The Woman Who Made Me: Goodall captures hearts of young girls with power of chimpanzees


Ashley Qian

The Sidekick staff designer Noor Fatima considers Jane Goodall, an English primatologist and anthropologist, as the woman who made her. Fatima thinkst Goodall’s research of wild chimpanzees has impacted her outlook on nature since childhood.

Noor Fatima, Staff Designer

When I was in second grade, I read a certain book from the classroom bookshelf. It was part of The Magic Treehouse Fact Tracker series. It was called Pandas and Other Endangered Species

In this book, there is a section about Jane Goodall and her most well known research, in which Goodall lived alongside a group of chimpanzees, studying their behaviors.

Reading about these chimpanzees that shared human attributes with us was inspiring. I was already a child who was interested in science, but it always felt so disconnected to me as a young girl; all the cool scientists I had heard about were men in fancy black coats. Using math I did not understand, studying subjects that were interesting, but not what I found interesting.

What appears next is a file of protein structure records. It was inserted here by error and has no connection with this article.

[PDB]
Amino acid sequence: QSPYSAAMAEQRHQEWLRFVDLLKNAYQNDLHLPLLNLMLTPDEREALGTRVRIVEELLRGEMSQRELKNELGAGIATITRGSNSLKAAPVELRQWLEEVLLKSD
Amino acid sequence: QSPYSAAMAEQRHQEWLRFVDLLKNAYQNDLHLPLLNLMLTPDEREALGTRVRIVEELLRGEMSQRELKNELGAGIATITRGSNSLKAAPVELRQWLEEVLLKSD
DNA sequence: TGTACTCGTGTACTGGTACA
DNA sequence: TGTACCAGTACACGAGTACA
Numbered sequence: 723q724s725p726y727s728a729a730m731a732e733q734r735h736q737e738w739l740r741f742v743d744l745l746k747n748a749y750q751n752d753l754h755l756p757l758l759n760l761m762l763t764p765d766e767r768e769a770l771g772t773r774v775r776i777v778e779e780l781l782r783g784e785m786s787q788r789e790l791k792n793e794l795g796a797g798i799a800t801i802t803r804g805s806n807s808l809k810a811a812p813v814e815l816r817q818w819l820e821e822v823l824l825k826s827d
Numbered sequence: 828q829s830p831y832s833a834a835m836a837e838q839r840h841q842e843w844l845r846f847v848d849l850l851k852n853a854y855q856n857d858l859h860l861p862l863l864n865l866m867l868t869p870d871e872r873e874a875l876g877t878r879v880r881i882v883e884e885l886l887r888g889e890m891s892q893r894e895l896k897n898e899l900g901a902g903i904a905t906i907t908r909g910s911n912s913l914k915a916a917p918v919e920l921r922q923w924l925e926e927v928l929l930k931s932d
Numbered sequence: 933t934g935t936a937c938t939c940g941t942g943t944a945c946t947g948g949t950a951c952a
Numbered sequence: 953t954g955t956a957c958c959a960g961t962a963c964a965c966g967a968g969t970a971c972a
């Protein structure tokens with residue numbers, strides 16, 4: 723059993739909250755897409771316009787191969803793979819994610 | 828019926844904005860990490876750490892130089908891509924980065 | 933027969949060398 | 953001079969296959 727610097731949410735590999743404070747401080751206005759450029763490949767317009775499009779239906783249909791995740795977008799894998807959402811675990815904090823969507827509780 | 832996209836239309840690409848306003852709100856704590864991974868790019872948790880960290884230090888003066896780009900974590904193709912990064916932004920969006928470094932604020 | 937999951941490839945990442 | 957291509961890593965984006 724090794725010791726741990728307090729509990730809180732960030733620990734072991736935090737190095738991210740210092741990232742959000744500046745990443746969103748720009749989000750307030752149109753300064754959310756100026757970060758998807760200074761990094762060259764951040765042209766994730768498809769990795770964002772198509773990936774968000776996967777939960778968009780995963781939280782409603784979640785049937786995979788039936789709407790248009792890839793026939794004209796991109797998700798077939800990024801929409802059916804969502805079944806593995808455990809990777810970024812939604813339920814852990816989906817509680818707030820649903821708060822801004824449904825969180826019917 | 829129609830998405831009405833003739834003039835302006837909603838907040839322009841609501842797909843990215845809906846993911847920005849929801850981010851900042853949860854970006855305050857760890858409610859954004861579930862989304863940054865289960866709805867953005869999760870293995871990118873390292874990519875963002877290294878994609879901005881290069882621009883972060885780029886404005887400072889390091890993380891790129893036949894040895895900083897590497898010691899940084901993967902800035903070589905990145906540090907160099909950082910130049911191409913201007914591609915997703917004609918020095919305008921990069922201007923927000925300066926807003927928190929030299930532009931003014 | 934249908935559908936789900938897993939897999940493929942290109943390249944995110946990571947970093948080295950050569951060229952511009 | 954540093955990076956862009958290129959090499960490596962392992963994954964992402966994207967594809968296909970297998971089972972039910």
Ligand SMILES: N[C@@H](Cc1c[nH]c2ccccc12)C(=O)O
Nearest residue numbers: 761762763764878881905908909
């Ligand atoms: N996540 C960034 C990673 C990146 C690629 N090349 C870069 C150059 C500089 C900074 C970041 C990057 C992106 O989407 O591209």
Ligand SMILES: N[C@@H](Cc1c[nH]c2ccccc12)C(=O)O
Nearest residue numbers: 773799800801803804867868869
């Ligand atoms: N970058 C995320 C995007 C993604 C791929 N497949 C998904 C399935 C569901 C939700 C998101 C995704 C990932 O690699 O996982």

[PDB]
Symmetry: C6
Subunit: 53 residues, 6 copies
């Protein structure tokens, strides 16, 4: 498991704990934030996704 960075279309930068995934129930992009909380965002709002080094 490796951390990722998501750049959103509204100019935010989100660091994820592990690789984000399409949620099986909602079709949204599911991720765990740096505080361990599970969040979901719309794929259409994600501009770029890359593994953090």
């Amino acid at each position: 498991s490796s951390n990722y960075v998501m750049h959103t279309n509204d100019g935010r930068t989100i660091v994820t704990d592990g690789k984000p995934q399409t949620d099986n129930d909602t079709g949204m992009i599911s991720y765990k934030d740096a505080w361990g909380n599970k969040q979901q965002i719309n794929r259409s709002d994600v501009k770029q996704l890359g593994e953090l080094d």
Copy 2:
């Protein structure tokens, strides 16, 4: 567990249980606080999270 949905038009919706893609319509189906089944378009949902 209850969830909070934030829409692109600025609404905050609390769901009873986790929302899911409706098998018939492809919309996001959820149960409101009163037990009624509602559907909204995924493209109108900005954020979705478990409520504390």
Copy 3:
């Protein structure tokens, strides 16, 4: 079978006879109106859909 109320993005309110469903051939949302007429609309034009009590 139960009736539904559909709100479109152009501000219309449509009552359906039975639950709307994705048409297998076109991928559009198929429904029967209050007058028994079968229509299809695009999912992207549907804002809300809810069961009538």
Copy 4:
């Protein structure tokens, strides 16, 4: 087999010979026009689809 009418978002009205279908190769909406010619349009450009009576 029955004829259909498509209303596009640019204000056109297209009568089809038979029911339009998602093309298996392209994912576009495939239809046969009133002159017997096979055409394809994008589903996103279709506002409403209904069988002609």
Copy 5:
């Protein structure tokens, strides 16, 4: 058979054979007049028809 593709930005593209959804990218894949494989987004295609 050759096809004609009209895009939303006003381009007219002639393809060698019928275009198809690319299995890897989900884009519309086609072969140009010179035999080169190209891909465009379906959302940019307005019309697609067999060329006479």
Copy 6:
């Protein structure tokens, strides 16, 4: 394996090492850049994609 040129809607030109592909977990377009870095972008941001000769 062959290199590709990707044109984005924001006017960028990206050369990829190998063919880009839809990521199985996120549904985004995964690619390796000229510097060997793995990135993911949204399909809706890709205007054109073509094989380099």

I am a very visual learner, so the concept of being able to simply observe in an experiment excited me. 

Even better, a woman could do it.

Goodall sparked my interest in science. From then on, I wanted to become a biologist. I thought it would allow me to work with animals like Goodall. Looking back, I’m not sure that would’ve been the case. 

It is the spirit that counts, though.

Goodall’s conservation efforts also showed me the importance of environmentalism. Her methods of research gave importance to the test subjects and their emotions. 

Goodall’s work gave me a clear reason as to why we need to conserve the planet in a way my younger brain understood and connected to. 

She is the root of why I don’t mind taking a moment to pick up trash from a beach, or to consider how much plastic is in the packaging I consume. 

She inspired the part of me who loves environmental science and learning how things work in the wild.

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